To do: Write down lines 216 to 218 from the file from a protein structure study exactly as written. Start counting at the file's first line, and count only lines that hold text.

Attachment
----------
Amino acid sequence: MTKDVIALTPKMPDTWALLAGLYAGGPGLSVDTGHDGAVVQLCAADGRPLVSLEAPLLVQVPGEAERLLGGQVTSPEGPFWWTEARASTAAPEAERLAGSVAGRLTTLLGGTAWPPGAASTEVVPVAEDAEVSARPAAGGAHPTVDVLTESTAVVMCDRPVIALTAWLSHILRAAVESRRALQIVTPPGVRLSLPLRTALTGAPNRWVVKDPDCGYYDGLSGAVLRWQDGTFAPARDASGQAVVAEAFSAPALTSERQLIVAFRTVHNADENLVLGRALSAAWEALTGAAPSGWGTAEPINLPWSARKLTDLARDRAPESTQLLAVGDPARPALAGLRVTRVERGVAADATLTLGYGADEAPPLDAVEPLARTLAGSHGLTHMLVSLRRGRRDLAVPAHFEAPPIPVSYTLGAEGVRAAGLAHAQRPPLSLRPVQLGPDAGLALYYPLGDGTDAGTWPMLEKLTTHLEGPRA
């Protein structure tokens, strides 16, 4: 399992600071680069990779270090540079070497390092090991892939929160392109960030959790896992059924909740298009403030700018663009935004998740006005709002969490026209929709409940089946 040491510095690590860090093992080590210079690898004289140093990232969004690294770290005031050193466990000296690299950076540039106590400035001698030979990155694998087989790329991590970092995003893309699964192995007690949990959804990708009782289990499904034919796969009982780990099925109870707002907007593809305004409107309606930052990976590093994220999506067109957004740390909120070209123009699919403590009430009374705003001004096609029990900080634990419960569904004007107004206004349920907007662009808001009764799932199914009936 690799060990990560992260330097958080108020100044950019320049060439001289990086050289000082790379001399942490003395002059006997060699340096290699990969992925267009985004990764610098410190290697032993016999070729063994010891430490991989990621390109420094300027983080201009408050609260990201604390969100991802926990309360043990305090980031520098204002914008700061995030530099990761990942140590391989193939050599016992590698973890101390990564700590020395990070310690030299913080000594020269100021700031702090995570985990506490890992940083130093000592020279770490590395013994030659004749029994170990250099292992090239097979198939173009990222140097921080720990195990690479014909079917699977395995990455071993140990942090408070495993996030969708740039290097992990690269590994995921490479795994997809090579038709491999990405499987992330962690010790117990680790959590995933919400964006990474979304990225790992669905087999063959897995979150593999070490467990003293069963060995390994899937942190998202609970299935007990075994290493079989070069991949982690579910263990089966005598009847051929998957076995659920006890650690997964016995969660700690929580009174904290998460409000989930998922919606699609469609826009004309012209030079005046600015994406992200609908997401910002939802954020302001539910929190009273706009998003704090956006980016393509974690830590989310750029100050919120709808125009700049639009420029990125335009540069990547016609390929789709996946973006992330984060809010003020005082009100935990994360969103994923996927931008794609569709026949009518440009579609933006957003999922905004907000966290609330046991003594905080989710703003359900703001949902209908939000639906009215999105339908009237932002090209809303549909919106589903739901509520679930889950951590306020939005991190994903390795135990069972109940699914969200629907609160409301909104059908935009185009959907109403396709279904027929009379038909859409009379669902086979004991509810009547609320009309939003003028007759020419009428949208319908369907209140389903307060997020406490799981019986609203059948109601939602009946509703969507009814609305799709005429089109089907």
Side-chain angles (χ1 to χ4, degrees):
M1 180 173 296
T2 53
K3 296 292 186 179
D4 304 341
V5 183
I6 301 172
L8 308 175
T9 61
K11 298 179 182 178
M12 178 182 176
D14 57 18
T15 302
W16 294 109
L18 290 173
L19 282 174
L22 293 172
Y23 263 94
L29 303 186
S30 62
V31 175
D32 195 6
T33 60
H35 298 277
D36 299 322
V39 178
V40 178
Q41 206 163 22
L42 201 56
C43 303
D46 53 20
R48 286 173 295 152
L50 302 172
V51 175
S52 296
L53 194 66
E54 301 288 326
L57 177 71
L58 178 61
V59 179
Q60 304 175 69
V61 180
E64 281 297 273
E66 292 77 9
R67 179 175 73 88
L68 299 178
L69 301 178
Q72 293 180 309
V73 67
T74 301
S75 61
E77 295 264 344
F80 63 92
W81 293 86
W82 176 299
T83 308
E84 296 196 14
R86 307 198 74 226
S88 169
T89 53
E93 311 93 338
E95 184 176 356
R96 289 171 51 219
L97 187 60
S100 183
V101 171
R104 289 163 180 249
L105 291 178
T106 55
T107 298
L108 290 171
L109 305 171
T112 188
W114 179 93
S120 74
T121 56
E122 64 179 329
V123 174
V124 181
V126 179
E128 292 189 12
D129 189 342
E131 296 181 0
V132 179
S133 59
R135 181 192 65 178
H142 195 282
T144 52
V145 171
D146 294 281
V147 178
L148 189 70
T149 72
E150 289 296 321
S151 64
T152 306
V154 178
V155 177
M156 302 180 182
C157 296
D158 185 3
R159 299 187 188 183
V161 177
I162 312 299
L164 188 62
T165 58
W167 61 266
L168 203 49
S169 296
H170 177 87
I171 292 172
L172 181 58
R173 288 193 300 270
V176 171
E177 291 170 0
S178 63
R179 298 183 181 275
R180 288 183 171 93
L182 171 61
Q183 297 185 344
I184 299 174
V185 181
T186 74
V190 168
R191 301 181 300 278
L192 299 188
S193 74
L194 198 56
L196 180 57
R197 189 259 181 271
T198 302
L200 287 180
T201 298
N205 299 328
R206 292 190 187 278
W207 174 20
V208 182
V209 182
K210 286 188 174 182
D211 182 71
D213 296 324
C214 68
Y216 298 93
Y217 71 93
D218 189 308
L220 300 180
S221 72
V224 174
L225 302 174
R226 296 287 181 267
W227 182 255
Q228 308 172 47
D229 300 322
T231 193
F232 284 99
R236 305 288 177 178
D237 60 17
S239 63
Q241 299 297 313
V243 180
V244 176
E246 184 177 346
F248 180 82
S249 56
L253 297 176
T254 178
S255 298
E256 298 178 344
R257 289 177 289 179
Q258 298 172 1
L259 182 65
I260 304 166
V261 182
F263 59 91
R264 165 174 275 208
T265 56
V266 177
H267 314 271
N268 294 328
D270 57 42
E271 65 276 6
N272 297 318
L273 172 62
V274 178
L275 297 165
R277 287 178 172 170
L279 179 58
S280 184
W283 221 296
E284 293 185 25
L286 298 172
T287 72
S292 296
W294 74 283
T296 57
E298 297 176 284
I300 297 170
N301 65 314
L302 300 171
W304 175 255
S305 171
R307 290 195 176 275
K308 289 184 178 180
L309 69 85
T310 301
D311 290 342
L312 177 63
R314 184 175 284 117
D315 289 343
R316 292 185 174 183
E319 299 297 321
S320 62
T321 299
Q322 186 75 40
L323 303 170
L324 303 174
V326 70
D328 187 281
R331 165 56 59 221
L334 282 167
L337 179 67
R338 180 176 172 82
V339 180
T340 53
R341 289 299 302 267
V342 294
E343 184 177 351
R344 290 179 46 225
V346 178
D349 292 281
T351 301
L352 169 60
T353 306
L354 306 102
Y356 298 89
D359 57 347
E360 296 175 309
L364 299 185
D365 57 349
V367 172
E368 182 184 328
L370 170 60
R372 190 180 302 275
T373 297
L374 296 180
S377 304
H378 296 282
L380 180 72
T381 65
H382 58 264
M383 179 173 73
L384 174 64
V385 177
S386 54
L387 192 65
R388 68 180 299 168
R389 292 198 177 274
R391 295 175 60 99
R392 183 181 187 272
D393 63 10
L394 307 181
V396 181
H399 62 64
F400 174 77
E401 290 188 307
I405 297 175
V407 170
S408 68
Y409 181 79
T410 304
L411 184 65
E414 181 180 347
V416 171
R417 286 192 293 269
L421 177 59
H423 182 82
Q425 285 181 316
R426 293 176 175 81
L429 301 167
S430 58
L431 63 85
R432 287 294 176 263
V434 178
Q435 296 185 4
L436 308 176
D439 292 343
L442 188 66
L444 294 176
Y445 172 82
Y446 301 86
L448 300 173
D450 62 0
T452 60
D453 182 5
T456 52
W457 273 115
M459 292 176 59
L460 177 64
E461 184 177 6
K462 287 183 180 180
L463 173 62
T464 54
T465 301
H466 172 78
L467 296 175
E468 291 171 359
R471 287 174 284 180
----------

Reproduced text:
Q322 186 75 40
L323 303 170
L324 303 174